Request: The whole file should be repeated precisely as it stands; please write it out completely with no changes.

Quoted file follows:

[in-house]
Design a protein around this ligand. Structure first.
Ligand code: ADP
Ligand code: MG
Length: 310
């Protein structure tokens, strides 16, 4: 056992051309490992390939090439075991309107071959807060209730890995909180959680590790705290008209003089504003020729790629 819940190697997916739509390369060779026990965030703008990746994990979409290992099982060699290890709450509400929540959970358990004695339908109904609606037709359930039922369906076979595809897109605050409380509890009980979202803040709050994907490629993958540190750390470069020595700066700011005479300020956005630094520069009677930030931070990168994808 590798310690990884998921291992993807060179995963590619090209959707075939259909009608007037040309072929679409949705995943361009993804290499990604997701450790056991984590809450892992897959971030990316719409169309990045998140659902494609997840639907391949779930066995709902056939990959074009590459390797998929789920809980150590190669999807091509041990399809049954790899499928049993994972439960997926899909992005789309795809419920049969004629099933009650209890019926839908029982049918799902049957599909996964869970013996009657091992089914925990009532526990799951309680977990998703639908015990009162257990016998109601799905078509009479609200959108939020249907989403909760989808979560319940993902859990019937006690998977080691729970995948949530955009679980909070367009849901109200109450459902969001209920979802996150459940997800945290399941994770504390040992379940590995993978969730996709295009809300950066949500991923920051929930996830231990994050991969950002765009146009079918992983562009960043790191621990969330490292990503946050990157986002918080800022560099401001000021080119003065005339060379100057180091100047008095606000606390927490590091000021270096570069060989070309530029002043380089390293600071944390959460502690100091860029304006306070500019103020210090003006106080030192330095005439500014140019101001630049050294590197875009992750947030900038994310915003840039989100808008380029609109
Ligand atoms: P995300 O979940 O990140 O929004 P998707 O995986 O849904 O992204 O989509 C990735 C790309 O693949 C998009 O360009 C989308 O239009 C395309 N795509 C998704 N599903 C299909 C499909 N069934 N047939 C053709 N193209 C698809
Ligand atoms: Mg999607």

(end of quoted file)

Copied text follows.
[in-house]
Design a protein around this ligand. Structure first.
Ligand code: ADP
Ligand code: MG
Length: 310
């Protein structure tokens, strides 16, 4: 056992051309490992390939090439075991309107071959807060209730890995909180959680590790705290008209003089504003020729790629 819940190697997916739509390369060779026990965030703008990746994990979409290992099982060699290890709450509400929540959970358990004695339908109904609606037709359930039922369906076979595809897109605050409380509890009980979202803040709050994907490629993958540190750390470069020595700066700011005479300020956005630094520069009677930030931070990168994808 590798310690990884998921291992993807060179995963590619090209959707075939259909009608007037040309072929679409949705995943361009993804290499990604997701450790056991984590809450892992897959971030990316719409169309990045998140659902494609997840639907391949779930066995709902056939990959074009590459390797998929789920809980150590190669999807091509041990399809049954790899499928049993994972439960997926899909992005789309795809419920049969004629099933009650209890019926839908029982049918799902049957599909996964869970013996009657091992089914925990009532526990799951309680977990998703639908015990009162257990016998109601799905078509009479609200959108939020249907989403909760989808979560319940993902859990019937006690998977080691729970995948949530955009679980909070367009849901109200109450459902969001209920979802996150459940997800945290399941994770504390040992379940590995993978969730996709295009809300950066949500991923920051929930996830231990994050991969950002765009146009079918992983562009960043790191621990969330490292990503946050990157986002918080800022560099401001000021080119003065005339060379100057180091100047008095606000606390927490590091000021270096570069060989070309530029002043380089390293600071944390959460502690100091860029304006306070500019103020210090003006106080030192330095005439500014140019101001630049050294590197875009992750947030900038994310915003840039989100808008380029609109
Ligand atoms: P995300 O979940 O990140 O929004 P998707 O995986 O849904 O992204 O989509 C990735 C790309 O693949 C998009 O360009 C989308 O239009 C395309 N795509 C998704 N599903 C299909 C499909 N069934 N047939 C053709 N193209 C698809
Ligand atoms: Mg999607």